- Favourite school subjects
- First full-time job
- What sparked your interest in a construction career?
Bachelor of Design in Architecture at UTS and Master of Architecture.
Design and Technology.
My first full-time job was as a project coordinator at the University of Technology Sydney on their billion-dollar campus redevelopment master plan. When I graduated with my bachelor's degree in architecture, I couldn't find a job immediately and I ended up interviewing at UTS.
They needed someone for three weeks as a project coordinator doing administrative tasks on one of the projects and four years later, I was still there. It’s a terrific example of a casual job that became much more permanent.
I loved Design and Technology in high school and enjoy seeing interesting buildings and architecture. Every year, there’s the Sydney Open where buildings and spaces, typically off limits, are opened up to the public. I go to it every year! I never thought I'd be a Project Manager, but I love architecture and want to be around any job that involves it.
"You should join the construction industry because you can work with great people. Our industry is incredibly diverse, and there are many roles and opportunities, no matter your interest."
Can you tell us about your current job?
I’m a Senior Project Manager with Turner & Townsend. My job is to help clients design and deliver projects. Sometimes clients know what they're getting into, and other times, they don’t, and need help from someone like me who's got technical expertise on how to get a project from design through to delivery.
I bring together consultants to deliver a functional design that meets all the client's requirements and then manage builders and ensure they're building it as planned and that it is a great quality outcome for the client.
A normal day starts around 8:30am where onsite I meet with builders to understand what’s planned that day, how things on site are, and team morale. There are always matters to discuss such as program, design or cost.
Following the site visit, I head back to the office and get stuck into my work. I’ll review the designs, look at issues and see who to direct our queries to the architects, engineers and other consultants. We look at variations and extensions of time, review them, analyse them, see if the builder has a valid claim according to the contract, and draft responses to the client on our recommendations.
Then I'll meet with clients to update them on the overall project progress, or it could be something specific like playground equipment or landscape design.
When there’s a chance, I’ll grab a coffee and lunch.
I usually leave the office around 5:30pm. It's a full day!
Managing clients expectations and trying to get that message across on what is realistic and what can be done within a certain amount of time and budget is the hardest part of my job.
Our job comes with many challenges, and perseverance can take you far. Keep learning and developing. It’s the project manager’s role to keep the team together, so it’s crucial you have good people skills.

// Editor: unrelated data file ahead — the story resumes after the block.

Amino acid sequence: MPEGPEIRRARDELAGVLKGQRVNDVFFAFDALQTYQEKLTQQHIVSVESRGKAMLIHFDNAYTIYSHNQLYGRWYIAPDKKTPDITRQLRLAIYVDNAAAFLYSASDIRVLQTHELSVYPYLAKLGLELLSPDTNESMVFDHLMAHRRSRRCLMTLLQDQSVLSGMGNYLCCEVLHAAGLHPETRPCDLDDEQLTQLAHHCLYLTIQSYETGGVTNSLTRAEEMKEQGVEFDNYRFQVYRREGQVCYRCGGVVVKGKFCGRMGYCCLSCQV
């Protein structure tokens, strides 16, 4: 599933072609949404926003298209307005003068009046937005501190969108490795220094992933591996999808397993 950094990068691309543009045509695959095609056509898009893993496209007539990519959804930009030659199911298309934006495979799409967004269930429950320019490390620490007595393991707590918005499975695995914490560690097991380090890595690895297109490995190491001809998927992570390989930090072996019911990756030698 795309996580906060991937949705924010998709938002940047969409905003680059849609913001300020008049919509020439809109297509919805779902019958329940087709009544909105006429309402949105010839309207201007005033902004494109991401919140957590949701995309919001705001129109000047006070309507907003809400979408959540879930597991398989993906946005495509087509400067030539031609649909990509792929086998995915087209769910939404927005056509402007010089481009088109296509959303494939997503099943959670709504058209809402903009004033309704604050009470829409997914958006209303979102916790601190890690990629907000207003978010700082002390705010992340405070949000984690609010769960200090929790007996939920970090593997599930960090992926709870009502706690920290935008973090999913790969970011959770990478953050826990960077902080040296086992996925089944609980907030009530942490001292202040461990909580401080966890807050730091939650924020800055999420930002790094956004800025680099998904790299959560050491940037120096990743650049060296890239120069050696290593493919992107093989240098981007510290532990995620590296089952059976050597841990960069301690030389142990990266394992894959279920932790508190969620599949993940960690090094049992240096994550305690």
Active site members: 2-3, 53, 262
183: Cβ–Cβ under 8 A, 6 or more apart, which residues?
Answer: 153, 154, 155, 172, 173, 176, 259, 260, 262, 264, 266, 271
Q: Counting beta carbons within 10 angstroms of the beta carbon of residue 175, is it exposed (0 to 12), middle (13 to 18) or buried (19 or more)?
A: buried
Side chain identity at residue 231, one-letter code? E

"The number of women in the construction industry is increasing and it’s making a big difference. Working in diverse teams with males and females and people from different cultures and backgrounds is more fun."
What’s changed, changing, or coming soon to make construction an industry-of-choice?
Females! The number of women in the construction industry is increasing and it’s making a big difference. Working in diverse teams with males and females and people from different cultures and backgrounds is more fun.
After high school, I studied for my undergraduate degree at UTS, followed by my part-time Master's Degree while working full-time at UTS. At this time, I learned how creative architects are, and I realised that it wasn’t the right job for me. Instead, I found that project management, where I can use my passion for architecture and be involved in the design and construction process, suited my skills of working with people and helping them achieve the building outcomes they want.
After four years, I decided it was time for a change and went to work for the consultancy MBB Group. I worked on public and high school projects with School Infrastructure New South Wales, which was gratifying for two years. After 6 years of working on education infrastructure projects, I wanted to get more diversity to help boost my construction career and came to work for Turner & Townsend.
In the three years that I’ve been working for Turner & Townsend, I started two projects from design and am now midway through construction.
Construction is an industry that gets significantly impacted by the economy, climate and seasons, among other things. You must be able to adapt and deal with change as it happens.
You should join the construction industry because you can work with great people. Our industry is incredibly diverse, and there are many roles and opportunities, no matter your interest. There are cost, design, technical, and so many other areas. Come and see what we have to offer you. You’ll impact and influence what your town, city, state and country look like from an infrastructure perspective.
What do good construction employers do?
You’re in a good organisation if:
senior management shows you respect
work on projects in different sectors and sizes
you’re encouraged to get out of your comfort zone with the support you need to succeed.